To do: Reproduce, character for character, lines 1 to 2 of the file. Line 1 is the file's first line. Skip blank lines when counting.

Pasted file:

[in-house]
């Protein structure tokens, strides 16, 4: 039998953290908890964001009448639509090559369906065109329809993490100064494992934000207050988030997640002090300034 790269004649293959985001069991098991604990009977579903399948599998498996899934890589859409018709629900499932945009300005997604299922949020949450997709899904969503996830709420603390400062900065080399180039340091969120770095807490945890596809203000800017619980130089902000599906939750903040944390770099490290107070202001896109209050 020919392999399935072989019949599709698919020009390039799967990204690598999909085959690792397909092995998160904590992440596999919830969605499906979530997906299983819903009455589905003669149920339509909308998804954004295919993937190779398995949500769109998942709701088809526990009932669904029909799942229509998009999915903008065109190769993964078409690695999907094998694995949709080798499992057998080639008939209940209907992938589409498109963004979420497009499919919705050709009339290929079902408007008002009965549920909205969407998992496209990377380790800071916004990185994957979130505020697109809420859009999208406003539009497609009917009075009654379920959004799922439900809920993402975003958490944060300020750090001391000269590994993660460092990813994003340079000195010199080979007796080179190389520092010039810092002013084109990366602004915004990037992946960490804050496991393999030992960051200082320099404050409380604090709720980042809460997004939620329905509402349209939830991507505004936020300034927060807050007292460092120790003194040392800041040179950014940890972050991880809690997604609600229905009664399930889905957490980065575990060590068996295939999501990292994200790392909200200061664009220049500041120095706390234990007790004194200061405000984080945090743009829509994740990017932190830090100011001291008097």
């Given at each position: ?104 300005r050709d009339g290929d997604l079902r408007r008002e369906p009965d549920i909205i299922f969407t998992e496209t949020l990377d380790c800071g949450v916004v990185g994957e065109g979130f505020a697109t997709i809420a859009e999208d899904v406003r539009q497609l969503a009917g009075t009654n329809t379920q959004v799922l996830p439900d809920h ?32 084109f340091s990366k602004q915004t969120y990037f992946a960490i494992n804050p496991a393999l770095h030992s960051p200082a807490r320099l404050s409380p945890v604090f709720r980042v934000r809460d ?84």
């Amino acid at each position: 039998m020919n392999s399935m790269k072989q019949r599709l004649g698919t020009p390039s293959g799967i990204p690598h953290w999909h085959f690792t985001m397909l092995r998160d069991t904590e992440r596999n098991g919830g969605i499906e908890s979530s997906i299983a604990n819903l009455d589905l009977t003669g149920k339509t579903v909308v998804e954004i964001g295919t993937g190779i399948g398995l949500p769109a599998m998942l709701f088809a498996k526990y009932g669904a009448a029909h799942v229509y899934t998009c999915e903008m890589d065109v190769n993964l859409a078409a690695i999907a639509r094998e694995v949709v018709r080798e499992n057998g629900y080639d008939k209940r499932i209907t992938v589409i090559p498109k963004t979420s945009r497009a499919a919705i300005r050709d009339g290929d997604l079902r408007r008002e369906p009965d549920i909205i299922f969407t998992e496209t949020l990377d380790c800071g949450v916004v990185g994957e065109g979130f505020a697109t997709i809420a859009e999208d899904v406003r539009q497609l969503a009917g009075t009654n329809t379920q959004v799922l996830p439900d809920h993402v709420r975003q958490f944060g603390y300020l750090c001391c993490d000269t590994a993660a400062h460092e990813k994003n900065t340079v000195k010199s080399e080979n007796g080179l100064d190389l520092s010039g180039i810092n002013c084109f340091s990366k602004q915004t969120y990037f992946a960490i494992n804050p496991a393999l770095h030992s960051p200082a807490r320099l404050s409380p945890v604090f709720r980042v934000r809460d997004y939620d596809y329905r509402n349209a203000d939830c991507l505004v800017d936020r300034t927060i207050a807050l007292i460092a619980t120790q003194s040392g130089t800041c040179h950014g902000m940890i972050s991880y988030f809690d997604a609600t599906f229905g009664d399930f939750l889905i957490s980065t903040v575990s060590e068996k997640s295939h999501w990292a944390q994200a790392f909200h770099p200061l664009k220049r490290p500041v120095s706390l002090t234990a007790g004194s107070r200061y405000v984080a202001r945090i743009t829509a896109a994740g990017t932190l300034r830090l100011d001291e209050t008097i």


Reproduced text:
[in-house]
């Protein structure tokens, strides 16, 4: 039998953290908890964001009448639509090559369906065109329809993490100064494992934000207050988030997640002090300034 790269004649293959985001069991098991604990009977579903399948599998498996899934890589859409018709629900499932945009300005997604299922949020949450997709899904969503996830709420603390400062900065080399180039340091969120770095807490945890596809203000800017619980130089902000599906939750903040944390770099490290107070202001896109209050 020919392999399935072989019949599709698919020009390039799967990204690598999909085959690792397909092995998160904590992440596999919830969605499906979530997906299983819903009455589905003669149920339509909308998804954004295919993937190779398995949500769109998942709701088809526990009932669904029909799942229509998009999915903008065109190769993964078409690695999907094998694995949709080798499992057998080639008939209940209907992938589409498109963004979420497009499919919705050709009339290929079902408007008002009965549920909205969407998992496209990377380790800071916004990185994957979130505020697109809420859009999208406003539009497609009917009075009654379920959004799922439900809920993402975003958490944060300020750090001391000269590994993660460092990813994003340079000195010199080979007796080179190389520092010039810092002013084109990366602004915004990037992946960490804050496991393999030992960051200082320099404050409380604090709720980042809460997004939620329905509402349209939830991507505004936020300034927060807050007292460092120790003194040392800041040179950014940890972050991880809690997604609600229905009664399930889905957490980065575990060590068996295939999501990292994200790392909200200061664009220049500041120095706390234990007790004194200061405000984080945090743009829509994740990017932190830090100011001291008097």